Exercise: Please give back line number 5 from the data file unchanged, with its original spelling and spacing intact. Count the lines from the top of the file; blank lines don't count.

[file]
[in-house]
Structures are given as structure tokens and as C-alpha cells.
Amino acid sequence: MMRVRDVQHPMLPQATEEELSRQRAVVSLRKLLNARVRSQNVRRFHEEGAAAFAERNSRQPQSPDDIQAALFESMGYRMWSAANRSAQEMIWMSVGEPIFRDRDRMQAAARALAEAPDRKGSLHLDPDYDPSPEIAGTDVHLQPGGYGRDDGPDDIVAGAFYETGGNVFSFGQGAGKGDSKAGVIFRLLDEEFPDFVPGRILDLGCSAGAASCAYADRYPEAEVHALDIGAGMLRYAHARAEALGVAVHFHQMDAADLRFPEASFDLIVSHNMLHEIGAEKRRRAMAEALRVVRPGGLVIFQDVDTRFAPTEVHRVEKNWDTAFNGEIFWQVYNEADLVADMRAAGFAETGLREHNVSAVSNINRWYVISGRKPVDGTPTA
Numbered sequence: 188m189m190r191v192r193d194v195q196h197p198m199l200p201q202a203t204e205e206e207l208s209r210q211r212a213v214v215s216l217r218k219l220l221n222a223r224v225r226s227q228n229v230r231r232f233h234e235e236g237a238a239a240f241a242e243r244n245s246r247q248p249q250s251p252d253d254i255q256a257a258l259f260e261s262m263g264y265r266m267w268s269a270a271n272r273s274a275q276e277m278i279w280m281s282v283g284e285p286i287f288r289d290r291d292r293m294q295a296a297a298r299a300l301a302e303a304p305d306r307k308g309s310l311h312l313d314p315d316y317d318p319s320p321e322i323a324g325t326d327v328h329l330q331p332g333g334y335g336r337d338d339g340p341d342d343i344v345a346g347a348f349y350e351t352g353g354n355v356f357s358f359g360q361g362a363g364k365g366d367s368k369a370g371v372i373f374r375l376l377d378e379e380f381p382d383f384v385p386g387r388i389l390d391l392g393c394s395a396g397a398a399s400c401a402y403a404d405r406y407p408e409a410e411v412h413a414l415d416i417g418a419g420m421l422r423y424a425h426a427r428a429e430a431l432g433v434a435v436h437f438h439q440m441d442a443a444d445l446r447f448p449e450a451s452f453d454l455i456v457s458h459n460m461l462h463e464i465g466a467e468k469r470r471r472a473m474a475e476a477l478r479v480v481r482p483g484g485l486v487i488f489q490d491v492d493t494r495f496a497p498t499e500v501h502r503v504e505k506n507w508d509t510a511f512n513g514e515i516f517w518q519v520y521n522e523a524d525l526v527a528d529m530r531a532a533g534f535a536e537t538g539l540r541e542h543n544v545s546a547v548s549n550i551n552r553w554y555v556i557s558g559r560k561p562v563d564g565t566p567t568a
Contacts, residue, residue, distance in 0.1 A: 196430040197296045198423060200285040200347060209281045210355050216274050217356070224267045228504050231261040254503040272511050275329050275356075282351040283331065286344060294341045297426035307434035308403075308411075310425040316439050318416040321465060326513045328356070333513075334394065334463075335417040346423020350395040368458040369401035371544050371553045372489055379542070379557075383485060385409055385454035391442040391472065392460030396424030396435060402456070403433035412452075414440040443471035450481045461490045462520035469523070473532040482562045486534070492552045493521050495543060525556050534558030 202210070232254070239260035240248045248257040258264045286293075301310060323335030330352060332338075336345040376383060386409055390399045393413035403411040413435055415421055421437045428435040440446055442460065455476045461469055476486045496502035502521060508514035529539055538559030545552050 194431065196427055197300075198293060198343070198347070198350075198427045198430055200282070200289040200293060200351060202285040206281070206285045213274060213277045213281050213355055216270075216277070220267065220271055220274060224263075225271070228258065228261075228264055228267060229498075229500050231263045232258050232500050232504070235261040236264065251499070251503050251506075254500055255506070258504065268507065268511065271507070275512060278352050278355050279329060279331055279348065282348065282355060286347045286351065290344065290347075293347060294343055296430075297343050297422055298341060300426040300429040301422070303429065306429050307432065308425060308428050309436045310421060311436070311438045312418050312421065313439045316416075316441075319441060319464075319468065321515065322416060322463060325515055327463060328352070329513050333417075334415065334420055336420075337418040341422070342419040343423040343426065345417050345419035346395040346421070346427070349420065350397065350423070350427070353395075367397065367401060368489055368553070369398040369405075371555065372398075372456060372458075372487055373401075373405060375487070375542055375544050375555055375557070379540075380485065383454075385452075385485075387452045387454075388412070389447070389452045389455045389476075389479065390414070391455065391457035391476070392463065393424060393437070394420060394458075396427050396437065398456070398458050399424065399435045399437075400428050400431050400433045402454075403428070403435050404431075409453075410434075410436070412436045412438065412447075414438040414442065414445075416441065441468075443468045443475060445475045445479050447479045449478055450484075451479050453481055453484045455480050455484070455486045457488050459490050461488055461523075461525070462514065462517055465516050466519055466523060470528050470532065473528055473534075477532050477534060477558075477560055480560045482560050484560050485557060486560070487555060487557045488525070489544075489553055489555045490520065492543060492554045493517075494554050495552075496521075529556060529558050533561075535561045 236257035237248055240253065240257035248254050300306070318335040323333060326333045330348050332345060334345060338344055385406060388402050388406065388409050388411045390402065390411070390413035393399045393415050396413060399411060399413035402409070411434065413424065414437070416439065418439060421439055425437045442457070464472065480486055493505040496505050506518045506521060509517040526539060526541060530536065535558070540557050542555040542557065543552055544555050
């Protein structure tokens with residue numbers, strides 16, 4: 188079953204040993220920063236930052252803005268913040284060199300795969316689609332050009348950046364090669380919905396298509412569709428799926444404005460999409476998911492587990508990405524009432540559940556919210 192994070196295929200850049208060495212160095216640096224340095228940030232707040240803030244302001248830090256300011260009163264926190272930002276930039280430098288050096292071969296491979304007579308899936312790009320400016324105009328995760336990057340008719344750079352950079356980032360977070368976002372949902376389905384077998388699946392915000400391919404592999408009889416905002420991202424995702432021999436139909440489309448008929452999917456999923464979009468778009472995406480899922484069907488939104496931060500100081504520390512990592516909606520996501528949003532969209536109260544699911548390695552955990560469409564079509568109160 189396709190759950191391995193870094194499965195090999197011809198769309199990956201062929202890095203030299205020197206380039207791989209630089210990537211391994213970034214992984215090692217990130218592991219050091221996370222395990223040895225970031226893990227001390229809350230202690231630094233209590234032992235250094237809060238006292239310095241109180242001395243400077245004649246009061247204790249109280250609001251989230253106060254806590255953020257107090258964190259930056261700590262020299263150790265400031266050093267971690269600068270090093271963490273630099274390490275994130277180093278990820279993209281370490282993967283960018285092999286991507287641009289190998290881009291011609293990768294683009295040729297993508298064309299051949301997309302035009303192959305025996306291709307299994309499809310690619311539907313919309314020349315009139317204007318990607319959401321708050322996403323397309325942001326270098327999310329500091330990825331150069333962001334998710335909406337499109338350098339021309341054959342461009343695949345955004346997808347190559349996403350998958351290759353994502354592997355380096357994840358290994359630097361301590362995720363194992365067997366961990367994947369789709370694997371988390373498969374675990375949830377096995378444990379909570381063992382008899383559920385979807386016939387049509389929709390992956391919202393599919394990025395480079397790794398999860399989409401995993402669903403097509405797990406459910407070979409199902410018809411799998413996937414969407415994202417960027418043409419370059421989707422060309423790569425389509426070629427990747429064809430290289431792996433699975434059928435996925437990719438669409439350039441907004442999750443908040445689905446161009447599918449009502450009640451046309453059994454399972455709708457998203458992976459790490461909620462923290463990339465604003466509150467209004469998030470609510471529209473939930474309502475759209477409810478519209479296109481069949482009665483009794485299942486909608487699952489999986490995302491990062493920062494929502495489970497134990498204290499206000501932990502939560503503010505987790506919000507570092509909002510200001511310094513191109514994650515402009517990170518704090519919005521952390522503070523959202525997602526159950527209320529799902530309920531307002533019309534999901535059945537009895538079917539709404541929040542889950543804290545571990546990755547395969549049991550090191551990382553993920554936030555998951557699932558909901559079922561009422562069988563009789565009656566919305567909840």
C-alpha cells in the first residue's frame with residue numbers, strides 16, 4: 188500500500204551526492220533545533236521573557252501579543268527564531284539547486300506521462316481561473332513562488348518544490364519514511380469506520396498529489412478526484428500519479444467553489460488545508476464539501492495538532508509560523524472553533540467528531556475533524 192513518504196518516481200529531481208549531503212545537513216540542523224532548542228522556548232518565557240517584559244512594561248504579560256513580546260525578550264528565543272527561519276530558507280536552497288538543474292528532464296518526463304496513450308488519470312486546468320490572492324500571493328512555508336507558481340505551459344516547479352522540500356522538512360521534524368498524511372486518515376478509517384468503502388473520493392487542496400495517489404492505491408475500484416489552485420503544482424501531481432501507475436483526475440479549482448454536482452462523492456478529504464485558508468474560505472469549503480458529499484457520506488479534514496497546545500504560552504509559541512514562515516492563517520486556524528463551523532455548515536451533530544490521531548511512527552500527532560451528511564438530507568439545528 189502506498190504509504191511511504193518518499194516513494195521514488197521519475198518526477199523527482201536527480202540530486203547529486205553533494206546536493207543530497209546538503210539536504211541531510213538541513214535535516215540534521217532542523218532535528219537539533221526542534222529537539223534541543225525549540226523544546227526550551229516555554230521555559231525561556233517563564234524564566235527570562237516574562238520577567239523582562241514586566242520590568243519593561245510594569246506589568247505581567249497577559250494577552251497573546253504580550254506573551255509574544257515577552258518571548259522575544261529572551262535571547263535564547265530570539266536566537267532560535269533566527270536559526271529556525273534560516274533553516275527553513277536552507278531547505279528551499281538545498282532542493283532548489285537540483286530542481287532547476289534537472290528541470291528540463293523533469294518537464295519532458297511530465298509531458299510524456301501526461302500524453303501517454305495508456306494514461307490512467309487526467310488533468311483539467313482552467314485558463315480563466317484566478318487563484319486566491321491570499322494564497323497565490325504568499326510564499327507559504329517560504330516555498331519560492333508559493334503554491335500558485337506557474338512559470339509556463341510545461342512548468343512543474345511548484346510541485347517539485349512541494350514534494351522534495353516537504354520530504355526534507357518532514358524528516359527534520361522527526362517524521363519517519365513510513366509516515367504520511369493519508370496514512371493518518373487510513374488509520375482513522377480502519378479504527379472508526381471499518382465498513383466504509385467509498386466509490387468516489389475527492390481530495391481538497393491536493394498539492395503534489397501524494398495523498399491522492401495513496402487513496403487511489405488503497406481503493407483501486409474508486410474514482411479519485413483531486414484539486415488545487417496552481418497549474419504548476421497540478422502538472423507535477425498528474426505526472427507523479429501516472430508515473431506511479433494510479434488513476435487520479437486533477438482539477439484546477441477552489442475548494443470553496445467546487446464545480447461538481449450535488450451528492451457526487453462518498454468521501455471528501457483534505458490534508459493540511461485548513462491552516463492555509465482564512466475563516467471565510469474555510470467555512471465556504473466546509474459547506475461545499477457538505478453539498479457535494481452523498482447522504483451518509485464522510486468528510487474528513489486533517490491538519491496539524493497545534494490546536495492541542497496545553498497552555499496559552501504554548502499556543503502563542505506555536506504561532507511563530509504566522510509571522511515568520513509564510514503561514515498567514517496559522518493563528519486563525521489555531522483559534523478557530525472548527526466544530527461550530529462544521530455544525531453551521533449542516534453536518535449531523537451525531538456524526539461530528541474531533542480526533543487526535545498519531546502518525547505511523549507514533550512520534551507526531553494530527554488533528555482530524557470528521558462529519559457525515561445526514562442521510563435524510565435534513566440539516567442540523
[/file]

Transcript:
Contacts, residue, residue, distance in 0.1 A: 196430040197296045198423060200285040200347060209281045210355050216274050217356070224267045228504050231261040254503040272511050275329050275356075282351040283331065286344060294341045297426035307434035308403075308411075310425040316439050318416040321465060326513045328356070333513075334394065334463075335417040346423020350395040368458040369401035371544050371553045372489055379542070379557075383485060385409055385454035391442040391472065392460030396424030396435060402456070403433035412452075414440040443471035450481045461490045462520035469523070473532040482562045486534070492552045493521050495543060525556050534558030 202210070232254070239260035240248045248257040258264045286293075301310060323335030330352060332338075336345040376383060386409055390399045393413035403411040413435055415421055421437045428435040440446055442460065455476045461469055476486045496502035502521060508514035529539055538559030545552050 194431065196427055197300075198293060198343070198347070198350075198427045198430055200282070200289040200293060200351060202285040206281070206285045213274060213277045213281050213355055216270075216277070220267065220271055220274060224263075225271070228258065228261075228264055228267060229498075229500050231263045232258050232500050232504070235261040236264065251499070251503050251506075254500055255506070258504065268507065268511065271507070275512060278352050278355050279329060279331055279348065282348065282355060286347045286351065290344065290347075293347060294343055296430075297343050297422055298341060300426040300429040301422070303429065306429050307432065308425060308428050309436045310421060311436070311438045312418050312421065313439045316416075316441075319441060319464075319468065321515065322416060322463060325515055327463060328352070329513050333417075334415065334420055336420075337418040341422070342419040343423040343426065345417050345419035346395040346421070346427070349420065350397065350423070350427070353395075367397065367401060368489055368553070369398040369405075371555065372398075372456060372458075372487055373401075373405060375487070375542055375544050375555055375557070379540075380485065383454075385452075385485075387452045387454075388412070389447070389452045389455045389476075389479065390414070391455065391457035391476070392463065393424060393437070394420060394458075396427050396437065398456070398458050399424065399435045399437075400428050400431050400433045402454075403428070403435050404431075409453075410434075410436070412436045412438065412447075414438040414442065414445075416441065441468075443468045443475060445475045445479050447479045449478055450484075451479050453481055453484045455480050455484070455486045457488050459490050461488055461523075461525070462514065462517055465516050466519055466523060470528050470532065473528055473534075477532050477534060477558075477560055480560045482560050484560050485557060486560070487555060487557045488525070489544075489553055489555045490520065492543060492554045493517075494554050495552075496521075529556060529558050533561075535561045 236257035237248055240253065240257035248254050300306070318335040323333060326333045330348050332345060334345060338344055385406060388402050388406065388409050388411045390402065390411070390413035393399045393415050396413060399411060399413035402409070411434065413424065414437070416439065418439060421439055425437045442457070464472065480486055493505040496505050506518045506521060509517040526539060526541060530536065535558070540557050542555040542557065543552055544555050